Wolfie Christl is a technologist, researcher, writer, educator, and digital rights activist based in Vienna, Austria. Communication engineer by profession, he studied (but did not complete degrees in) computer science, sociology, arts and media studies. He has been interested in digital culture, open source, community media, and the socio-cultural impact of information technology since the late 1990's. Until 2006 he was a part of Public Netbase, a digital art platform, non-profit ISP, and somewhat of an early hackerspace in Vienna. His most recent work is focused on surveillance, privacy, and the personal data ecosystem in today's digital age.
In 2017, he published Corporate Surveillance in Everyday Life, a comprehensive report on “how companies collect, combine, analyze, trade, and use personal data on billions”, and How Companies Use Personal Data Against People, a working paper on “automated disadvantage, personalized persuasion, and the societal ramifications of the commercial use of personal information”. His 2016 book Networks of Control is, according to the “International Association of Privacy Professionals”, a “slow-burning horror film”, and, according to Paul Nemitz, Director Fundamental Rights at the Directorate-General Justice of the European Commission, “a must-read for anyone who is interested in today's data-driven world”.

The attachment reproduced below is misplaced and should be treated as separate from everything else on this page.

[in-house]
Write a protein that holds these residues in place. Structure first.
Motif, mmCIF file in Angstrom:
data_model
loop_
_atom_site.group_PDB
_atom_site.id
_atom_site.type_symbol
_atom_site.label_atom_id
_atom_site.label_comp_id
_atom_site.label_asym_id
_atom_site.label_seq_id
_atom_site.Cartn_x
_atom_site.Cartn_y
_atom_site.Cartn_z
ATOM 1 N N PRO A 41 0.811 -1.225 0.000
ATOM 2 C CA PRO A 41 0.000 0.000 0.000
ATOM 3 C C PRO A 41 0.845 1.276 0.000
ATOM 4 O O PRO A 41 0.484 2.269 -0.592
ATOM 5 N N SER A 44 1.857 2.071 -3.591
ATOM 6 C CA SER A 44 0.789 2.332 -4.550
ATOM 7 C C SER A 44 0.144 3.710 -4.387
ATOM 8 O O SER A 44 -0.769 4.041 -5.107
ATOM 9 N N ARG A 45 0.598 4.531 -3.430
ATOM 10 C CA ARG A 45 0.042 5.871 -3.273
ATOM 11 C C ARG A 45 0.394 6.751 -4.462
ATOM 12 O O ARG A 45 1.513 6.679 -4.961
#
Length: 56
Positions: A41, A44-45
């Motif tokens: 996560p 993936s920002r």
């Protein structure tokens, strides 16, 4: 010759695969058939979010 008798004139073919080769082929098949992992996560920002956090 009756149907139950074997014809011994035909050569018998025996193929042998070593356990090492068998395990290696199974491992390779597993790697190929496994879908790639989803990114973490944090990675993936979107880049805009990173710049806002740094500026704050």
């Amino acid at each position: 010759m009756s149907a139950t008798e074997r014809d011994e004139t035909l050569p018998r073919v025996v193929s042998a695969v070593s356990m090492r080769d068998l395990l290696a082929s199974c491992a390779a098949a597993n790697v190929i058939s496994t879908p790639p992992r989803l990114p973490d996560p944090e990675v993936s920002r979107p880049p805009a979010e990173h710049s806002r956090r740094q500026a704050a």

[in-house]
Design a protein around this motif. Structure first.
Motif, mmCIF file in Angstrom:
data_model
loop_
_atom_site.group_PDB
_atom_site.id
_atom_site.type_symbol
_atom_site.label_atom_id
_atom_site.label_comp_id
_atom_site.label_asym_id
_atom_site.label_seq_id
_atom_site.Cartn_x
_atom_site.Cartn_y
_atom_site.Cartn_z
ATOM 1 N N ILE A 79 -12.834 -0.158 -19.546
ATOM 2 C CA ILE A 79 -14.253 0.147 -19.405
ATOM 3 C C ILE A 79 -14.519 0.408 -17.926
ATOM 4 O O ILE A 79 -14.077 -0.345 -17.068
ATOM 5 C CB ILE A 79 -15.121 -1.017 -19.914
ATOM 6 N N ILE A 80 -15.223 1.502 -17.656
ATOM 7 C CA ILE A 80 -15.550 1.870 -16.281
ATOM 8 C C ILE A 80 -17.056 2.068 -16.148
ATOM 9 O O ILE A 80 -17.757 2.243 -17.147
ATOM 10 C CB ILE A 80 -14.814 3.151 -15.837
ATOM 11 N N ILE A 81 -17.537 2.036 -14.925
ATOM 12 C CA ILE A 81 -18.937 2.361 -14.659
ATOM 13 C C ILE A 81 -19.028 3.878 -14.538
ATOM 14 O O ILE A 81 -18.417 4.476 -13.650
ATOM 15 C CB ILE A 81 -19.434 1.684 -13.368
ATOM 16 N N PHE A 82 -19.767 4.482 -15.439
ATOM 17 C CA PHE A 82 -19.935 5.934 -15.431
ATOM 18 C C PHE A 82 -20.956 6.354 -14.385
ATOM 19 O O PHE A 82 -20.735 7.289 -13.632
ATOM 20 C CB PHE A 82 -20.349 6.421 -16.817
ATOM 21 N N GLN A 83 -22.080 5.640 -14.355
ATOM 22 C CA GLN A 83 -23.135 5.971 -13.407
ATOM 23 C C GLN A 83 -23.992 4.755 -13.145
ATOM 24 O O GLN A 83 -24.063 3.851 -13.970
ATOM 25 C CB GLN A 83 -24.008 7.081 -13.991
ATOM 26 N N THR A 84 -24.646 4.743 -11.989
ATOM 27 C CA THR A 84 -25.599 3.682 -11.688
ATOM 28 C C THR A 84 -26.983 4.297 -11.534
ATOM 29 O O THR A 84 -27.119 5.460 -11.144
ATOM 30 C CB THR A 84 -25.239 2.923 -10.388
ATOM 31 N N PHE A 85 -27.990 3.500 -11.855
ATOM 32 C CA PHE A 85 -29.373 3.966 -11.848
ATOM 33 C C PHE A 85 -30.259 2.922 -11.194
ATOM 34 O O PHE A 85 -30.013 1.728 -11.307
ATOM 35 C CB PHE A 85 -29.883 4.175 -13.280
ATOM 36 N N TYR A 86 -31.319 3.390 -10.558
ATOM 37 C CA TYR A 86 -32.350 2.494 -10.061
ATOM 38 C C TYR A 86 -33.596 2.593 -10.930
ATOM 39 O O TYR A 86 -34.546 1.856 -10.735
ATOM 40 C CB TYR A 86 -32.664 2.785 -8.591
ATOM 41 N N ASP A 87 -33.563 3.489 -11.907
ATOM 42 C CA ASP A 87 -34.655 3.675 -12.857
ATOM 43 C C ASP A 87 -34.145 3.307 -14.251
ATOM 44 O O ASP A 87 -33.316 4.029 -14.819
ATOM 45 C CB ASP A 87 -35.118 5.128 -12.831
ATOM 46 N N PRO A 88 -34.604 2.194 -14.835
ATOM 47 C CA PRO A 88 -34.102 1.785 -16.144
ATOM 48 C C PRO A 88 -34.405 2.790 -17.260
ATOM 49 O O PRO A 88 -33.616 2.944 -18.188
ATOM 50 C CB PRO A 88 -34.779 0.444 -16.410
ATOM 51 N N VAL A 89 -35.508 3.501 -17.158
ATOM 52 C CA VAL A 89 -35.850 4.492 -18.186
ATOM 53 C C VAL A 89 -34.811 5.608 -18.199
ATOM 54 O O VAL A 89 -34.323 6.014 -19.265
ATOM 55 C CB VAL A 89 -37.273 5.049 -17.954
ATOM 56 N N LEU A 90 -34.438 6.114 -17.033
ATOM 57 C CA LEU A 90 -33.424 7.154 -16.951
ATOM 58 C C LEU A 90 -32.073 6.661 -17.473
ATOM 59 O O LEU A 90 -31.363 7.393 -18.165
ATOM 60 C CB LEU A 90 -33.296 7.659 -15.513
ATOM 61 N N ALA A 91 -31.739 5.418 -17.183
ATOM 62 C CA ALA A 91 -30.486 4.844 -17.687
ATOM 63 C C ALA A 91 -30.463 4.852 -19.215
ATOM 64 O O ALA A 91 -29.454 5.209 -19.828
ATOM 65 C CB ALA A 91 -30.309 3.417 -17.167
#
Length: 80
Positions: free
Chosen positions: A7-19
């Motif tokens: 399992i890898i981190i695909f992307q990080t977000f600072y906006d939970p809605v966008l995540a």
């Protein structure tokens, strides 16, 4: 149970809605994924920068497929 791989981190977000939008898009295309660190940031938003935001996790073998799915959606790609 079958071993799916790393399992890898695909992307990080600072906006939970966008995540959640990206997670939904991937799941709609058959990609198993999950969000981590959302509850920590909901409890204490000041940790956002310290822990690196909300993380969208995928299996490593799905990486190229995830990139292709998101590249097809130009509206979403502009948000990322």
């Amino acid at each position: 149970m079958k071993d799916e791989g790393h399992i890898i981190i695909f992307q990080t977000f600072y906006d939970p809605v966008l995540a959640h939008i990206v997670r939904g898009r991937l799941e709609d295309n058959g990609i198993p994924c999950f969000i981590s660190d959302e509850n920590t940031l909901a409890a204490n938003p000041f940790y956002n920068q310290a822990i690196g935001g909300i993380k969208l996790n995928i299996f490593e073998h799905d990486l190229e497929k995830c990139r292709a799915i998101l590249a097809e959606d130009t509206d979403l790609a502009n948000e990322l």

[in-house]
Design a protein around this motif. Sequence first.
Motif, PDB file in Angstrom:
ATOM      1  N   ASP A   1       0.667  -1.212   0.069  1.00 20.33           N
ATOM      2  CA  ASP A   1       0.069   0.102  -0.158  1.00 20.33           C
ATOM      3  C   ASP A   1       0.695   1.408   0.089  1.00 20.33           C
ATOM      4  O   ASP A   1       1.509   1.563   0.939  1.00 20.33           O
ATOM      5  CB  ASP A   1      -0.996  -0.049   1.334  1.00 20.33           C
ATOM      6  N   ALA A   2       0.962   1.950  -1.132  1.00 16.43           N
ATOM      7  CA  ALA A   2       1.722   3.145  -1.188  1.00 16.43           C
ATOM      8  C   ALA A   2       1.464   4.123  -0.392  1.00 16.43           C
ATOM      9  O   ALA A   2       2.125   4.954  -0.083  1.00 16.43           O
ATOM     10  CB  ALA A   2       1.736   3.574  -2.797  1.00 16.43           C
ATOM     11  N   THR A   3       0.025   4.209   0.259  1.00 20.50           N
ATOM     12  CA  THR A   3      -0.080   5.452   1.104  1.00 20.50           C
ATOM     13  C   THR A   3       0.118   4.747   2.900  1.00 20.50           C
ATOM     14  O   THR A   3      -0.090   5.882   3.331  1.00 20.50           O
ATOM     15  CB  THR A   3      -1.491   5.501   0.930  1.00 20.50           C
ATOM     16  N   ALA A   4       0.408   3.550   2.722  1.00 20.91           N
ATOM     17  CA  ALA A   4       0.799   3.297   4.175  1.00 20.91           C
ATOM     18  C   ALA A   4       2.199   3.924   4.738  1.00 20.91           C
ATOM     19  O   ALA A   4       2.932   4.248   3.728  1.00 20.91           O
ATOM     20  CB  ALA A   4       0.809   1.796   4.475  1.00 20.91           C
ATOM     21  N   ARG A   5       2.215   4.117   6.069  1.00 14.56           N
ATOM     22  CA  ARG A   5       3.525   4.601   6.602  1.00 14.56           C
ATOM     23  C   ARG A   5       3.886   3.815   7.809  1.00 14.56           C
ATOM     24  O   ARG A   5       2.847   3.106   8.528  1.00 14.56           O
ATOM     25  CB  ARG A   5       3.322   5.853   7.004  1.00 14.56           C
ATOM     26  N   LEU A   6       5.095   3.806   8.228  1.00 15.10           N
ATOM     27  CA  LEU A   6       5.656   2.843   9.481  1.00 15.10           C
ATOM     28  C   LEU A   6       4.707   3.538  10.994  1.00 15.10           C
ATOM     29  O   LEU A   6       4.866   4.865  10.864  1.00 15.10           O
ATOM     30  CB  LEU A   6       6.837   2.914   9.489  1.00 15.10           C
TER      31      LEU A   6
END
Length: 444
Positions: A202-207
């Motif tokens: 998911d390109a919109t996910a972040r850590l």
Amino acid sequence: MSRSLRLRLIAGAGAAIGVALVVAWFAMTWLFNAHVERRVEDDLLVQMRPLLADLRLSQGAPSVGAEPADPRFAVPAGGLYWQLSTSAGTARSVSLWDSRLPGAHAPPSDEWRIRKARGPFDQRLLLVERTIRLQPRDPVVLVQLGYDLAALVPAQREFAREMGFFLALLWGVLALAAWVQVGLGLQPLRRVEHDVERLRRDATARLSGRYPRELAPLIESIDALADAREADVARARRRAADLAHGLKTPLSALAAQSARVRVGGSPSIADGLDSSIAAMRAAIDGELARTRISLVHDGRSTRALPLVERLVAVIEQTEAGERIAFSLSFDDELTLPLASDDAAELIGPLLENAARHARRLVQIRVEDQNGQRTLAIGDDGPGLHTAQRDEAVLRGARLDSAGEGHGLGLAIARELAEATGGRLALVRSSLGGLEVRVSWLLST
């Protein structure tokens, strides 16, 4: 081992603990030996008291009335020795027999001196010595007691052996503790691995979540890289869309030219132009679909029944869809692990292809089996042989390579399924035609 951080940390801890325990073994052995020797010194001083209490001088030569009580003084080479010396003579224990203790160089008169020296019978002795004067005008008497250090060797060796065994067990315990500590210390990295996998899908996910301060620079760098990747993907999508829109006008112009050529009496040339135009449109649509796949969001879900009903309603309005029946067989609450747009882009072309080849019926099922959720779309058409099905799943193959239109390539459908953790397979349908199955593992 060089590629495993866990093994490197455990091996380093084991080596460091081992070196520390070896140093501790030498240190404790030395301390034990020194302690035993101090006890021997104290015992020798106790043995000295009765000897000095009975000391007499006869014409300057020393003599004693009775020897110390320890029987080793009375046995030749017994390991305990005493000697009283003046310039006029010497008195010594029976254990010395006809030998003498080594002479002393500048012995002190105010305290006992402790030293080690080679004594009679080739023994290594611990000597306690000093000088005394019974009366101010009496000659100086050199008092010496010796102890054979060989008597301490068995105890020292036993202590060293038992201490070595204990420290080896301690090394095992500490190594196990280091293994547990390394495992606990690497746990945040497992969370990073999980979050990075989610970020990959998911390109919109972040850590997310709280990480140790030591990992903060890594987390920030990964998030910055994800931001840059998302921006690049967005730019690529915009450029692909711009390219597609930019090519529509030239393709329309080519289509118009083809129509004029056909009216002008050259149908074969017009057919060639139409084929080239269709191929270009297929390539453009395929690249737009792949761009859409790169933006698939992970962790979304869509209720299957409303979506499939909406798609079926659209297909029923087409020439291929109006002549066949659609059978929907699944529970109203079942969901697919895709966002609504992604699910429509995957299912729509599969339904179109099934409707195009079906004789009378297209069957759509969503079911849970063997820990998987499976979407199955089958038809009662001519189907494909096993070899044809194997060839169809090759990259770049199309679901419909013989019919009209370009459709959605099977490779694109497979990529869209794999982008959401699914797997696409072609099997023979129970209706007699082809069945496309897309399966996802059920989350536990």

He has contributed to donottrack, an interactive web documentary series about digital tracking (The Atlantic, Forbes, Guardian), works as a trainer for employee privacy, and writes for newspapers such as the German FAZ. In 2013, he co-created Data Dealer, an award-winning online game on personal data and surveillance, which aims to raise awareness about privacy in a new and fun way. Data Dealer has received outstanding media coverage and substantial feedback from young people, teachers, media educators and the general public all over the world. It won numerous prizes like the e-virtouses Serious Games Award 2013 (France) and the Games for Change Award 2013 (USA).
Christl and his projects have been featured in the New York Times, Forbes, and many other media outlets around the world. He has presented his research in the European Parliament and has held many talks, lectures, and workshops at various conferences all over Europe and in the US, including at universities, Austrian and German Federal Ministries, TEDxVienna, re:publica (Berlin) and the Chaos Communication Congress (Hamburg).